Briefly: Bola Ahmed Tinubu from Nigeria’s ruling All Progressives Congress (APC) party was announced as the winner of Nigeria’s presidential election on Wednesday (28 February). Tinubu won 37% of the vote, while Atiku Abubakar and underdog candidate Peter Obi came in at 29% and 25%, respectively.
Don’t dream it’s over: Opposition parties have labelled the vote a sham and are calling for fresh elections. Interestingly, Samson Itodo, from respected democracy NGO YIAGA Africa, also suggested the results were “questionable”.
Logistical problems on the day, rather than voter apathy, seem to have led to a surprisingly low number of votes cast. Taking turnout into account, less than 10% of Nigeria’s eligible voters backed Tinubu, so his mandate is slimmer than Adrien Brody on a juice cleanse.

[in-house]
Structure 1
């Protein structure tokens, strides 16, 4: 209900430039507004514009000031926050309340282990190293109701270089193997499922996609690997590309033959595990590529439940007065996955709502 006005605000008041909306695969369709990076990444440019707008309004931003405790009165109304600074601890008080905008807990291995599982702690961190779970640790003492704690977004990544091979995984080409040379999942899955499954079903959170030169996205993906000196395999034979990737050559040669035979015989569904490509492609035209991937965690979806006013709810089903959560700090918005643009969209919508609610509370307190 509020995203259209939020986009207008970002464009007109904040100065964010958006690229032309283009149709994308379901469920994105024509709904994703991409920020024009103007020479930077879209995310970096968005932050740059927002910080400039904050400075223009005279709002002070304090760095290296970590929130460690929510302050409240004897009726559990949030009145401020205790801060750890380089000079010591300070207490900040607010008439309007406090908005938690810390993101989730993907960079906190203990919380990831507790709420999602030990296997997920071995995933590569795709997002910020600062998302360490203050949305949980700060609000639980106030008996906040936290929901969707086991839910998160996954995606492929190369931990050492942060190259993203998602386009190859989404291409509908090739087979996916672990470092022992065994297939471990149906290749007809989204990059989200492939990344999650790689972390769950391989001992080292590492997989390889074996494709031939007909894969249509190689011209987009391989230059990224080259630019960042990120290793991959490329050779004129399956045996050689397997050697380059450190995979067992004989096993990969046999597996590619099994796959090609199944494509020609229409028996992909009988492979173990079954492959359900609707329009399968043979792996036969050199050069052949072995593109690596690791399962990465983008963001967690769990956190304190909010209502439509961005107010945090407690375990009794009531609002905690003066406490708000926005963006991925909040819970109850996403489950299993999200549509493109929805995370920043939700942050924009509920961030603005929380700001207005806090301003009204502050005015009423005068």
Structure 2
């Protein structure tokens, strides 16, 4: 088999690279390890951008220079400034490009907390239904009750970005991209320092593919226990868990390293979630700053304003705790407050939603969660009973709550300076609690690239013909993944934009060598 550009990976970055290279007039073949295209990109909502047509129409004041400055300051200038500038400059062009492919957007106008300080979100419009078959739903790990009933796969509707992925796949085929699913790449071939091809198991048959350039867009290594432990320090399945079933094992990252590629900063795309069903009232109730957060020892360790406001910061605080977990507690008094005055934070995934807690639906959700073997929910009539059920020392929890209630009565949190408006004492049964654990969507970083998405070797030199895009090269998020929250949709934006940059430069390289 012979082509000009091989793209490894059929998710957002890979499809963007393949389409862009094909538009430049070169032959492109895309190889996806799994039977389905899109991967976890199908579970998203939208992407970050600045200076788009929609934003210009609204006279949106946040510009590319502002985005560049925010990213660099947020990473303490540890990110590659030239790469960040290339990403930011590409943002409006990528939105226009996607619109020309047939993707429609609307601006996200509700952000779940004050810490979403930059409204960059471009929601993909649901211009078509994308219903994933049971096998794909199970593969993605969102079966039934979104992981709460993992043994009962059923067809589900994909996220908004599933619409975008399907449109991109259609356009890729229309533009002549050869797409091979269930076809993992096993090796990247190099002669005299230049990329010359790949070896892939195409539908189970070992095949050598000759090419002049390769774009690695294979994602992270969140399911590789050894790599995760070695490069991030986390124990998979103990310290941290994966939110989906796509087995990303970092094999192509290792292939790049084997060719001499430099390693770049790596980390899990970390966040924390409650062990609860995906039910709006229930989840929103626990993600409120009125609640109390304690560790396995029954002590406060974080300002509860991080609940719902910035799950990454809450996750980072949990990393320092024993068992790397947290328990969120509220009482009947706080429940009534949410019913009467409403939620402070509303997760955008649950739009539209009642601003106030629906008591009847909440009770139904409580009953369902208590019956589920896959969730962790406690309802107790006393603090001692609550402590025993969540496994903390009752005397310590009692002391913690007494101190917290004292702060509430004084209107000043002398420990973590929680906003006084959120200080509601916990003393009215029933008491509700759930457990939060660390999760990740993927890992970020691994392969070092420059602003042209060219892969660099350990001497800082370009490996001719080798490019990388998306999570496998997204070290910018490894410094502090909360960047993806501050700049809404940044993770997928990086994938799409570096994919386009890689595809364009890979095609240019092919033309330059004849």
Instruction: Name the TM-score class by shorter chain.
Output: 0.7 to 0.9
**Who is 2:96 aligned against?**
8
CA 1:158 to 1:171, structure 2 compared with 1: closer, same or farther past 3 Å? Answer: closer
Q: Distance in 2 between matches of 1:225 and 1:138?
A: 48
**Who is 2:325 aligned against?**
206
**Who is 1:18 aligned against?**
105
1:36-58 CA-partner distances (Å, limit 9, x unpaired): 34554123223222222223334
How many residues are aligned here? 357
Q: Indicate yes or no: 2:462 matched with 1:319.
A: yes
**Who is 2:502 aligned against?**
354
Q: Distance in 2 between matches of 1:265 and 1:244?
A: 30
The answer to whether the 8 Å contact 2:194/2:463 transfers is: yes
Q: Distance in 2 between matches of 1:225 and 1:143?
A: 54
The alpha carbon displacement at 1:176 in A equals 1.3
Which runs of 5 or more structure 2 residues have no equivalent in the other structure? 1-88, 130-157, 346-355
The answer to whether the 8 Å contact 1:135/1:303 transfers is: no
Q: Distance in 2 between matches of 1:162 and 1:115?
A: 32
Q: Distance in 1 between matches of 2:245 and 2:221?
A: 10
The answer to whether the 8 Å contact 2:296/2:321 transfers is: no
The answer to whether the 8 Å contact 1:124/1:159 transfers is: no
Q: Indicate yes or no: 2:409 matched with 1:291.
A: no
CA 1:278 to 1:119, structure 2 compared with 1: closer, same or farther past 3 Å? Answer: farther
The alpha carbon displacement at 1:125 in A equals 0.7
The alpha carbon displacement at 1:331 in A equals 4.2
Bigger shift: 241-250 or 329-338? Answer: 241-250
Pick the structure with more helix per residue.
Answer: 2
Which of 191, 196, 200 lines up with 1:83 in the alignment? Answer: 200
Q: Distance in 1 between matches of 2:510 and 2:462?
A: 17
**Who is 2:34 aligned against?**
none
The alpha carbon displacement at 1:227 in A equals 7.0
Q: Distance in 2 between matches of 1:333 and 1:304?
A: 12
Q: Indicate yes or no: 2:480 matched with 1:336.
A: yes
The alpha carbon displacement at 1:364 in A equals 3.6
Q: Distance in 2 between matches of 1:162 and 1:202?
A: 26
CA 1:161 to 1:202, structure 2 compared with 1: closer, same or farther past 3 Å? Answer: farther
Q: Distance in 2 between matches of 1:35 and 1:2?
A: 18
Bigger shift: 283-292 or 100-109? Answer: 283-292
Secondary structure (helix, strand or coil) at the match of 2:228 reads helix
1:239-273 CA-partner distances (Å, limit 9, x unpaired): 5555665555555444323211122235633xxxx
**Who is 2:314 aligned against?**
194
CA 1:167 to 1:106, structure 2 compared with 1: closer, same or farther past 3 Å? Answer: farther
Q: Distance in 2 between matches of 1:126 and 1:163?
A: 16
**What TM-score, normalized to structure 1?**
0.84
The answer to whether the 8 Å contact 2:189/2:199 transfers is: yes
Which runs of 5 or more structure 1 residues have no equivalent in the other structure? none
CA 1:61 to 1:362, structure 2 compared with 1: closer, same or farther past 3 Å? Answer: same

Intrigue’s take: The streets of Nigeria are calm for now, and it’s hard (but not impossible) to see these results being overturned in the courts. So we have two initial conclusions:
- The upstart Peter Obi didn’t win, but he ended Nigeria’s two-party system, and
- Having a well-oiled political machine is still key to becoming president.
As for Mr Tinubu’s tough road ahead, another two bonus thoughts:
- Nigeria spends most of its revenue servicing debt, and it’s going into more debt each year by providing costly fuel subsidies for the people;
- This ain’t sustainable, but ending the fuel subsidies will likely bring protestors into the streets. Just ask Ecuador, Indonesia, Kazakhstan, Haiti, etc…
Also worth noting:
- Nigeria accounts for ~3.1% of global oil exports, making it a top 10 oil exporter.
- Mr Tinubu was Governor of Lagos from 1999 to 2007, when he was credited with transforming Nigeria’s largest city into West Africa’s economic hub.